Teaching people that they can, are allowed, and free to do such “navigation and negotiation” is the first task. Teaching them how to do that is the second task before us. 

6. Dignity is never “given,” but instead must be “taken.” So many people wait for years and years to be treated fairly, and sooner or later just get used to the abuse they suffer. That is a dangerous kind of demoralization. Don’t wait years and years for your employer to be fair to you; instead, start today the process of making it in your employer’s self-interest to be good to you in all the ways you deserve. Mutual self-interest is the “guiding” light of navigation and negotiation between employers and employees. 

But you must, sooner or later, start the process by making yourself valuable and known for your value, and then to be someone who says, literally and figuratively, “I want to be treated in a better way, in terms of hours, compensation, title, benefits, opportunity for advancement, etc.” 

Dignity, freedom and power are, in this way, “taken,” and not “given.” That message, and the ways to achieve what you seek, comprise the essence of what this blogsite is trying to do, worldwide, forever, the “hard” way, but the way that truly works. 

Terry, I hope this makes sense to you. These thoughts are the product of lessons of history, that must be learned again and again by each person and in each generation.   

My best to you,
Al Sklover

P.S.: New! We now offer by digital download to your tablet Mr. Sklover’s classic, “Fired, Downsized, or Laid Off,” the unofficial “bible” of how to negotiate severance. If you would like to obtain a digital copy for your tablet, just [click here].

P.P.S.: If you would like to speak with me directly about this or other workplace-related subjects, I am available for 30-minute, 60-minute, or 120-minute telephone consultations. (Even 5-minute “Just One Question” calls). Just [click here.] Evenings and weekends can be accommodated.

Repairing the World –
One Empowered and Productive Employee at a Time ™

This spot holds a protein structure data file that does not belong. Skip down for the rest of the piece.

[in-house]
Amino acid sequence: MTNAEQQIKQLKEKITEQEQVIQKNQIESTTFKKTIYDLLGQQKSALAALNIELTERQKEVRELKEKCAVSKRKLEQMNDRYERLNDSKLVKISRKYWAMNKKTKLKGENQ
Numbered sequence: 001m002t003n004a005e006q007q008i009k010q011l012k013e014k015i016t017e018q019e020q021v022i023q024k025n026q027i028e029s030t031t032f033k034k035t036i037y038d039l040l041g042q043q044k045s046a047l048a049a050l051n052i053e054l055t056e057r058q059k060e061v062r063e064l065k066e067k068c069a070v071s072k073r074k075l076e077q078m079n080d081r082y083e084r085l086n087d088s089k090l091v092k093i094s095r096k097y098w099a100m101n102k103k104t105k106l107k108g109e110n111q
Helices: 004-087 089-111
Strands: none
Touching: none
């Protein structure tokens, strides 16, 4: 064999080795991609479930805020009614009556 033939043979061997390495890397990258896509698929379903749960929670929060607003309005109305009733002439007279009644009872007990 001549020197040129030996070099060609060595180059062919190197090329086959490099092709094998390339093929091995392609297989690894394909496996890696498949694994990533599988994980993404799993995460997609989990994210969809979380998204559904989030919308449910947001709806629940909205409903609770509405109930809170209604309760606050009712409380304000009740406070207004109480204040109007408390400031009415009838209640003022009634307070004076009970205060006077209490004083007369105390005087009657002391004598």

© 2012 Alan L. Sklover, All Rights Reserved.

“Can my employer refuse to let me resign?”

Published on March 17th, 2012 by Alan L Sklover

Question: I’ve been working in a company for almost five years. Between the first and second years, I was appointed the Treasurer for the company. I admit I do have my back logs, but I also must say my employer constantly gives me more things to do, so of course I do not get everything done.

At one time, I decided this is not the line of work for me, and I wanted to resign. However, my boss said that first we must submit all financial documents to an auditor to see if I got money from the company, or in order for me to be cleared in all money obligations before giving me certification.

The worst thing is that until now, my salary is on hold and all of my benefits, too. I want to tell my employer again that I want to be “out” now. But I know he will insist again that we have to wait again until the auditor is done with our papers. But I want to resign now because I am not happy anymore in their policies. 

Trevor
Norway

Answer: Dear Trevor: Though I am not licensed as an attorney in Norway, I have done a bit of research on Norwegian law on the internet in preparation for this answer. These are my thoughts:

1. No one can force you to remain an employee; that would constitute a kind of slavery, which is clearly prohibited in Norway, as it is in most countries. An employer cannot refuse your resignation, or make you remain on the job. Forced labor is not permitted in the vast majority of countries in the world, and Norway is among them. In my own internet search, I have found nothing in Norwegian law that says you must continue to serve an employer when you do not want to do so anymore. While it may be wise to consult an attorney in your city in Norway, I rather doubt he or she will tell you anything different.

2. Even if you agreed in a Contract to remain in your job – which you have not indicated is the case– you are always free to leave your employment, but if you do so in violation of an agreement, you might have to face certain consequences. Some employees have committed themselves to work for their employers for a certain period of time, either in an employment agreement or in a union contract. Other employees have agreed to give a certain minimum notice to their employers, commonly two, three or four weeks. These employees often think that, no matter what or how badly they are treated, they must remain in their jobs until the time they agreed to stay. That is incorrect. The clearer view is that, an employee can always leave a job before the agreed time has elapsed, but in that case, he or she may – possibly – have to bear the consequences of doing so.